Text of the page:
Padraig O’MALLEY
University of Massachussetts Dartmouth
School of Policy and Global Studies
Padraig O’Malley Aracne editrice

Padraig O’Malley is the John Joseph Moakley Distinguished Professor of Peace and Reconciliation, McCormack Graduate School of Policy and Global Studies at the University of Massachusetts Boston and author on topics related to divided societies. He was born in Dublin, Ireland. His 15-year documentation of the transition from apartheid to democracy in South Africa, The Heart of Hope, is available at This website is an ongoing project hosted by the Nelson Mandela Foundation in July 2009. His forthcoming book, The Greater Middle East: What the Future Tells Us, is scheduled for release by Viking/Penguin Press in 2012. O’Malley was the founding editor of the New England Journal of Public Policy (1985-2005).In August/September 2007, O’Malley headed up a project with the Institute of Global Leadership (IGL), Tufts University, and Crisis Management Initiative (CMI), the NGO established by former President of Finland and Nobel Prize winner Martii Athisaari, that brought 16 senior Iraqi officials from all Sunni and Shia parties, including Minister of National Reconciliation Akram al Hakim to Helsinki to meet with chief negotiators from Northern Ireland (NI), including former chief of staff of the IRA, Martin McGuinness, who had reached agreement in NI in 2007, and chief negotiators who had brokered the settlement in South Africa (SA) in 1994, including Cyril Ramaphosa, Nelson Mandela’s chief negotiator, to share experiences of conflict and the processes of peace negotiations and reconciliation. The result was an agreement which was submitted by participants to their political leaders for ratification.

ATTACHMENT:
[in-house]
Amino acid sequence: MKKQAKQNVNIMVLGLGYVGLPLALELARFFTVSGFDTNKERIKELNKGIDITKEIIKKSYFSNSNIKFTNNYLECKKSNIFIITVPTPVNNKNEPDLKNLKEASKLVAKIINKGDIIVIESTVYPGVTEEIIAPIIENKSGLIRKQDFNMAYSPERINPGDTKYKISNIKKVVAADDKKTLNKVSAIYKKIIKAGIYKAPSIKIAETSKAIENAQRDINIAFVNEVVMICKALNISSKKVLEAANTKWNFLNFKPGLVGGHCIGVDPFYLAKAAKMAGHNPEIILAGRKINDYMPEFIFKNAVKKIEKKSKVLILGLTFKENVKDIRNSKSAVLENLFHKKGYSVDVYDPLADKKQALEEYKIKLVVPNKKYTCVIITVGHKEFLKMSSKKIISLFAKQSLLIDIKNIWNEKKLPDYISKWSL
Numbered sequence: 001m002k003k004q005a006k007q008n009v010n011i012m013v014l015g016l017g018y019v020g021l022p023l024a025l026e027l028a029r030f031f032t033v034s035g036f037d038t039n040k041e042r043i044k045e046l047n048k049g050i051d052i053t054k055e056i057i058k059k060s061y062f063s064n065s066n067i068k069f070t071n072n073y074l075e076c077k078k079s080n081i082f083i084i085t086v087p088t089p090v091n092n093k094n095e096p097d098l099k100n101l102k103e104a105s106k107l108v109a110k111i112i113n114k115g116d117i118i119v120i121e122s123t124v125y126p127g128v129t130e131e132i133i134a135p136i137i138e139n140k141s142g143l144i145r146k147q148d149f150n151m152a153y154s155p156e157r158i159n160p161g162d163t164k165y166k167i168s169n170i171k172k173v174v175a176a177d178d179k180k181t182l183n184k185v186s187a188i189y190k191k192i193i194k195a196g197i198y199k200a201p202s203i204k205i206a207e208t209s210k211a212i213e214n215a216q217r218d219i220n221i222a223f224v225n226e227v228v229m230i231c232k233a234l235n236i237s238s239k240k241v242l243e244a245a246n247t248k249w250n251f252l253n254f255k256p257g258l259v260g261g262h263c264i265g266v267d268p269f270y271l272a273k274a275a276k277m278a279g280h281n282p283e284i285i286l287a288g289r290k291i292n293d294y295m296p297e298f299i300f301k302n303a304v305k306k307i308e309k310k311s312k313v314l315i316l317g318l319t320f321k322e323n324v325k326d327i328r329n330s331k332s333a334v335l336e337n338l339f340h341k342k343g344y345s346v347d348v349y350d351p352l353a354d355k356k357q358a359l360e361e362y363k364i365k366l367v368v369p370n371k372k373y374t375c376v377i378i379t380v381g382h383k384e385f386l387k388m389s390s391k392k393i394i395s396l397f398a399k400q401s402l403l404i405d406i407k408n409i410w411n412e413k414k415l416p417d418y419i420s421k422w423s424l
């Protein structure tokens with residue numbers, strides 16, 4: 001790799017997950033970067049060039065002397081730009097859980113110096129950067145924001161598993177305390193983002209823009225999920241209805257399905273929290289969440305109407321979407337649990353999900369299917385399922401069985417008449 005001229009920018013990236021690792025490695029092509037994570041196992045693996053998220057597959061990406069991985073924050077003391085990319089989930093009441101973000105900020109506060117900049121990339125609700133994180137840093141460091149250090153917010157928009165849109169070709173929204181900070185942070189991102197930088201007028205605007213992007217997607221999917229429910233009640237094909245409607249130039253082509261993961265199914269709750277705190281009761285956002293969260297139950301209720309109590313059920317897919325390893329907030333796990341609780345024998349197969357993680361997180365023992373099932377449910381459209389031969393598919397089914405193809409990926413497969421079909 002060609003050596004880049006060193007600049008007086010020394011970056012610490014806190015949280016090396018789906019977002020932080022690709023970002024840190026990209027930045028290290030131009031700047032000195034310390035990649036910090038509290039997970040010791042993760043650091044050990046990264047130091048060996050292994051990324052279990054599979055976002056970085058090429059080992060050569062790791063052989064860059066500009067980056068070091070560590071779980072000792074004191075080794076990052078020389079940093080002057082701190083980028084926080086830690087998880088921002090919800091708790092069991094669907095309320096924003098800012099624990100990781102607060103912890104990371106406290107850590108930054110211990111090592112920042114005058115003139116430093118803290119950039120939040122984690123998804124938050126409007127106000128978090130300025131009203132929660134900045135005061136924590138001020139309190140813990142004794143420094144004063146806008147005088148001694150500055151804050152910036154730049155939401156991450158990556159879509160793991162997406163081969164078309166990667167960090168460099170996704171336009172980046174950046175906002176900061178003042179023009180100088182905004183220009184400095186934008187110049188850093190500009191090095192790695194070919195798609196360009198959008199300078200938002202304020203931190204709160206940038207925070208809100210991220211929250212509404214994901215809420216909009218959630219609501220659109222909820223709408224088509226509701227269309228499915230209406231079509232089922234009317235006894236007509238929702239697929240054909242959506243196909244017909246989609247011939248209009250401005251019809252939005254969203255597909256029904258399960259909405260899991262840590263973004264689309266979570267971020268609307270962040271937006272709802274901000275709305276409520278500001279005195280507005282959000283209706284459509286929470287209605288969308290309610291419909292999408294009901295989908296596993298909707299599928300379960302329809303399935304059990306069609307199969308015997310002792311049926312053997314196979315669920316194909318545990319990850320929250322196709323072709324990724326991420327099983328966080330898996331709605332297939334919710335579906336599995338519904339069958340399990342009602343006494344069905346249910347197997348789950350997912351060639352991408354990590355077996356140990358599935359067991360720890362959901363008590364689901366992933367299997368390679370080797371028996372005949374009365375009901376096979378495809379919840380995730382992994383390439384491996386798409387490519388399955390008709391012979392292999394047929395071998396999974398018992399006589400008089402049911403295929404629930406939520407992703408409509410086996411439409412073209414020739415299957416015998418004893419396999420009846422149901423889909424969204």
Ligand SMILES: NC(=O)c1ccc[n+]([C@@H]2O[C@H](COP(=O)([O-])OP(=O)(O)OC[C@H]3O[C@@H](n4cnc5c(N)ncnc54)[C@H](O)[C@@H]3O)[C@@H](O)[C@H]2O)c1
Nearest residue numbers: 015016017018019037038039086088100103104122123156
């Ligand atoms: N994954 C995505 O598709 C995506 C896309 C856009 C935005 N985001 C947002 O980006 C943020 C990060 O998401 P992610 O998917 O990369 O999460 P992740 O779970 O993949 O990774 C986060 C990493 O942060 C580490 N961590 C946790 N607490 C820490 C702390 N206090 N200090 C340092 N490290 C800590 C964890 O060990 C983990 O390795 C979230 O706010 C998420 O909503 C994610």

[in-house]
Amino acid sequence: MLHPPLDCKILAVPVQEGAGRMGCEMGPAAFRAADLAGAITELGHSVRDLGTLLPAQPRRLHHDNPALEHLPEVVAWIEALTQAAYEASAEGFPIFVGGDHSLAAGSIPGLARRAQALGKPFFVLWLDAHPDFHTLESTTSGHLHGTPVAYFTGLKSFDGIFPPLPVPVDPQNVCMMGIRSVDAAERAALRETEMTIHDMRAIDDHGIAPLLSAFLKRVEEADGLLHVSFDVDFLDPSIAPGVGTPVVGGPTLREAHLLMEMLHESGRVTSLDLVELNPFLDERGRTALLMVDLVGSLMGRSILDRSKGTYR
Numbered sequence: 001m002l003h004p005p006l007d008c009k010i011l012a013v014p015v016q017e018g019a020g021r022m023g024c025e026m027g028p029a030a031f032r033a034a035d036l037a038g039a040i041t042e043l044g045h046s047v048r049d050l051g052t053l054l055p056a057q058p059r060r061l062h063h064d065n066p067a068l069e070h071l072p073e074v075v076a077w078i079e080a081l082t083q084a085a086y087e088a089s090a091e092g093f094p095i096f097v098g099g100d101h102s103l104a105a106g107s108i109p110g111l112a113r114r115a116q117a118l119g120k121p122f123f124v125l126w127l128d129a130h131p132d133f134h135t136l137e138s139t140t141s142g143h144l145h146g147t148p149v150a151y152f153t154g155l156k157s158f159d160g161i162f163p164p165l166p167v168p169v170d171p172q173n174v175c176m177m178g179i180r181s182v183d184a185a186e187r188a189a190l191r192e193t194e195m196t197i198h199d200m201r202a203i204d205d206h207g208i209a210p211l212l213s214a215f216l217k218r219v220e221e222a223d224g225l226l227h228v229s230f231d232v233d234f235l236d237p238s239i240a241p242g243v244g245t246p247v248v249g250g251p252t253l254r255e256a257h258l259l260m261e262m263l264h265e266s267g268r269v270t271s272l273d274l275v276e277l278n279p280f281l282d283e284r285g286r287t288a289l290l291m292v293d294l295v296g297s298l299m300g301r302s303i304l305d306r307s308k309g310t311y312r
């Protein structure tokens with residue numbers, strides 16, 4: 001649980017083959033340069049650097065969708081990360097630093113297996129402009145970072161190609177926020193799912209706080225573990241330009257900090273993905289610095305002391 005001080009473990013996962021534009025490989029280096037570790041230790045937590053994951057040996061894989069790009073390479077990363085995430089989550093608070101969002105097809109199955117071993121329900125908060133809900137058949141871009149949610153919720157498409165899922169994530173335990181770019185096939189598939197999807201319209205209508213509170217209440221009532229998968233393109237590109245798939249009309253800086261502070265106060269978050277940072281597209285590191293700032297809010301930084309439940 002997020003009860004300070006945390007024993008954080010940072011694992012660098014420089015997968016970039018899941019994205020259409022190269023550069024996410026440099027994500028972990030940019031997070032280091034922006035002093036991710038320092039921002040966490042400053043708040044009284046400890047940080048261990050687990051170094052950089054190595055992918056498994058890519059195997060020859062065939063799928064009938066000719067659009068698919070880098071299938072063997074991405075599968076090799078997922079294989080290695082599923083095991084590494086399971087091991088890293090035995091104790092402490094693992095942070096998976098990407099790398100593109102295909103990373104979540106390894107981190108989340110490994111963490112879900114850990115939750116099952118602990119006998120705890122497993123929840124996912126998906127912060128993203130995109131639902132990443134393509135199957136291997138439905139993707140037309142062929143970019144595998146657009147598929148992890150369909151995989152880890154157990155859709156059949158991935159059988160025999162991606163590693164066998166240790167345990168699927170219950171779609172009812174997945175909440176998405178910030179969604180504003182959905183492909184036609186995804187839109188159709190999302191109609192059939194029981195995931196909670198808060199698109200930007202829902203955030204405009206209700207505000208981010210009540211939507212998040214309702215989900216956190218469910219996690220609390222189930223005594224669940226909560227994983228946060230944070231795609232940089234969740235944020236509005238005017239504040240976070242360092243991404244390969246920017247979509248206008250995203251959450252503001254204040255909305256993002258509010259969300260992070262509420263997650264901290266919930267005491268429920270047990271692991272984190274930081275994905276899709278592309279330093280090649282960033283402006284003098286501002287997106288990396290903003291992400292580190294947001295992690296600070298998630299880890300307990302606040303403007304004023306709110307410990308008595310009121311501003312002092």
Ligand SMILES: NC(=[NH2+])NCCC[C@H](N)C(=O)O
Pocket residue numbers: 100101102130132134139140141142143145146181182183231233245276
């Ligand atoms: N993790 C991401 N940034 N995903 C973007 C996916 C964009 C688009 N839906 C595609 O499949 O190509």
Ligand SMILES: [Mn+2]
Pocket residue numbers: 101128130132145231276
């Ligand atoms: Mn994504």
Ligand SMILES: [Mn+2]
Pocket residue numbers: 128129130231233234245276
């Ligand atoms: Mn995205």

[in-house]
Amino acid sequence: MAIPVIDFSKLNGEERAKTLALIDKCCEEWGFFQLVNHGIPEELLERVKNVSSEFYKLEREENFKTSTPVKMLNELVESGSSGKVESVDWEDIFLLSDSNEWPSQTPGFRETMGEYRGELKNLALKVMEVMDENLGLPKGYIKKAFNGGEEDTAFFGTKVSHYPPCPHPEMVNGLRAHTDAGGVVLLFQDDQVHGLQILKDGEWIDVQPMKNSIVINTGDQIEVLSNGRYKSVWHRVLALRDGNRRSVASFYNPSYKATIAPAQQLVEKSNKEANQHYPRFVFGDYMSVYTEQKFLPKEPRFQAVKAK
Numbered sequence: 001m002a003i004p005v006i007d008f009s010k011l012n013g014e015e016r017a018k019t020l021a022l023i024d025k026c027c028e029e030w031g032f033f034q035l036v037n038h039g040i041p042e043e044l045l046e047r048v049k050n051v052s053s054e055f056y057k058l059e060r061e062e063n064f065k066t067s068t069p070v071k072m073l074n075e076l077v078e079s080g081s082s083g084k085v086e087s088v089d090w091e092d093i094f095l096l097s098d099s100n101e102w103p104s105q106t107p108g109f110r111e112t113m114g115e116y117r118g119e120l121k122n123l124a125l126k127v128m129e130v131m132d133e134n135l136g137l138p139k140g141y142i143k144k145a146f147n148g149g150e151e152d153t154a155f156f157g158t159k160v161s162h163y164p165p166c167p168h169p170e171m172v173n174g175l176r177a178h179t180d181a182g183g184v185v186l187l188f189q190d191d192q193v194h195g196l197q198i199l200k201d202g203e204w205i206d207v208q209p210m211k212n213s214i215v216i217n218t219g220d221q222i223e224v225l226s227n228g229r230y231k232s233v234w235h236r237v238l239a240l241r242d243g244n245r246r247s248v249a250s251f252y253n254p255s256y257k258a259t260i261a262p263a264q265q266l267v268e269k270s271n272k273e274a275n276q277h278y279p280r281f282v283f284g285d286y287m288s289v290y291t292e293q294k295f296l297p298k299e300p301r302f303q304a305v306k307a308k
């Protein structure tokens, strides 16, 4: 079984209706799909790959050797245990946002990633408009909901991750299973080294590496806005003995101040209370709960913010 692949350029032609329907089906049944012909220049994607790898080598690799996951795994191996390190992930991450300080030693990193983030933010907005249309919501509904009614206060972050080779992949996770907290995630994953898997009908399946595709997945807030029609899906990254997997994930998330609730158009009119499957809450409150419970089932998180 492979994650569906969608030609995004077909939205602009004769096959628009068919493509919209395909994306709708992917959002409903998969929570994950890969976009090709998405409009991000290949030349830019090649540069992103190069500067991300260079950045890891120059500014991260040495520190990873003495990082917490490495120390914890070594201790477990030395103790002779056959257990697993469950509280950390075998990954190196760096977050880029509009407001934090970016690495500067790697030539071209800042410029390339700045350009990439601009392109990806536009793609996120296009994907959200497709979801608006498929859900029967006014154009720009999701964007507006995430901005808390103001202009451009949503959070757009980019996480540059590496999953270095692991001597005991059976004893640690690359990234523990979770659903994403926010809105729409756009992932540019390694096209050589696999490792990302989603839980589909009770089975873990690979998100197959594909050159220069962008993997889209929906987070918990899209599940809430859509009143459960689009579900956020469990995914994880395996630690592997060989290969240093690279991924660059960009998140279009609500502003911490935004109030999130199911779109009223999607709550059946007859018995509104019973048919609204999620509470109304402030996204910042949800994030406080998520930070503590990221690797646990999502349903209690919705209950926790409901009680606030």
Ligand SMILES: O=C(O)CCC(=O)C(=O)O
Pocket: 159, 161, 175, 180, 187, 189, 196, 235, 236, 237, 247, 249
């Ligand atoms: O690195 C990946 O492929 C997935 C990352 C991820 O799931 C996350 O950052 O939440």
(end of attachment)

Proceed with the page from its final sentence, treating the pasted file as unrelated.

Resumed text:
To achieve this end, O’Malley orchestrated the follow-up conference which was held in Helsinki in April 2008. This conference was attended by 37 of the most senior leaders in Iraq, representing all political factions and parties and tribal sheikhs, including the Awakening Councils. The participants, acting on behalf of their parties, reached the outline of an agreement.
The final agreement setting out a framework for future inclusive negotiations was signed by the 37 political leaders and tribal sheikhs after an additional six weeks of intensive work by O’Malley in Iraq.
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